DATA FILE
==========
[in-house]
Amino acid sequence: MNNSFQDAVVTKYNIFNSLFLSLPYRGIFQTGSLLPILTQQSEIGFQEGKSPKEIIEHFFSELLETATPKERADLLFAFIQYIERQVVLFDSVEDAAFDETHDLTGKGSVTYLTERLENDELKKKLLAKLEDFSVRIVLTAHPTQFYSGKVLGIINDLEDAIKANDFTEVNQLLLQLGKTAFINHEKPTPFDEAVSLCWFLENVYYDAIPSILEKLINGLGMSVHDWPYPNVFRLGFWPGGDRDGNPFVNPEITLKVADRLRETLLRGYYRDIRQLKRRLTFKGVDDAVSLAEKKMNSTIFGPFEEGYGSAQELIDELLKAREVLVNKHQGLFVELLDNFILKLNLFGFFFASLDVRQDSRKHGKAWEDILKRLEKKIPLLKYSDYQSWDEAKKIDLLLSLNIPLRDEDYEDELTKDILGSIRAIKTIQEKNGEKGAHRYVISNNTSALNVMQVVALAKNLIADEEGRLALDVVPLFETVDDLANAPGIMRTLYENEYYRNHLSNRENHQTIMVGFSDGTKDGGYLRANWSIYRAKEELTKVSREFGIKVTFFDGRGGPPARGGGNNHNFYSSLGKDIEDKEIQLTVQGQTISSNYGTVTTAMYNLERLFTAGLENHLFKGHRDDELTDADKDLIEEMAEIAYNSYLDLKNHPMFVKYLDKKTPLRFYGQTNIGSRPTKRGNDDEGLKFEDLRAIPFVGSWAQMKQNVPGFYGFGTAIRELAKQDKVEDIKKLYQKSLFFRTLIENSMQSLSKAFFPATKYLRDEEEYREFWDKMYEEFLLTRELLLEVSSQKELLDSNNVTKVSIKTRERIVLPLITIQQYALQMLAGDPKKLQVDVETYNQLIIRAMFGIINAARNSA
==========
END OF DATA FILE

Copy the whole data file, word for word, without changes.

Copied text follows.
[in-house]
Amino acid sequence: MNNSFQDAVVTKYNIFNSLFLSLPYRGIFQTGSLLPILTQQSEIGFQEGKSPKEIIEHFFSELLETATPKERADLLFAFIQYIERQVVLFDSVEDAAFDETHDLTGKGSVTYLTERLENDELKKKLLAKLEDFSVRIVLTAHPTQFYSGKVLGIINDLEDAIKANDFTEVNQLLLQLGKTAFINHEKPTPFDEAVSLCWFLENVYYDAIPSILEKLINGLGMSVHDWPYPNVFRLGFWPGGDRDGNPFVNPEITLKVADRLRETLLRGYYRDIRQLKRRLTFKGVDDAVSLAEKKMNSTIFGPFEEGYGSAQELIDELLKAREVLVNKHQGLFVELLDNFILKLNLFGFFFASLDVRQDSRKHGKAWEDILKRLEKKIPLLKYSDYQSWDEAKKIDLLLSLNIPLRDEDYEDELTKDILGSIRAIKTIQEKNGEKGAHRYVISNNTSALNVMQVVALAKNLIADEEGRLALDVVPLFETVDDLANAPGIMRTLYENEYYRNHLSNRENHQTIMVGFSDGTKDGGYLRANWSIYRAKEELTKVSREFGIKVTFFDGRGGPPARGGGNNHNFYSSLGKDIEDKEIQLTVQGQTISSNYGTVTTAMYNLERLFTAGLENHLFKGHRDDELTDADKDLIEEMAEIAYNSYLDLKNHPMFVKYLDKKTPLRFYGQTNIGSRPTKRGNDDEGLKFEDLRAIPFVGSWAQMKQNVPGFYGFGTAIRELAKQDKVEDIKKLYQKSLFFRTLIENSMQSLSKAFFPATKYLRDEEEYREFWDKMYEEFLLTRELLLEVSSQKELLDSNNVTKVSIKTRERIVLPLITIQQYALQMLAGDPKKLQVDVETYNQLIIRAMFGIINAARNSA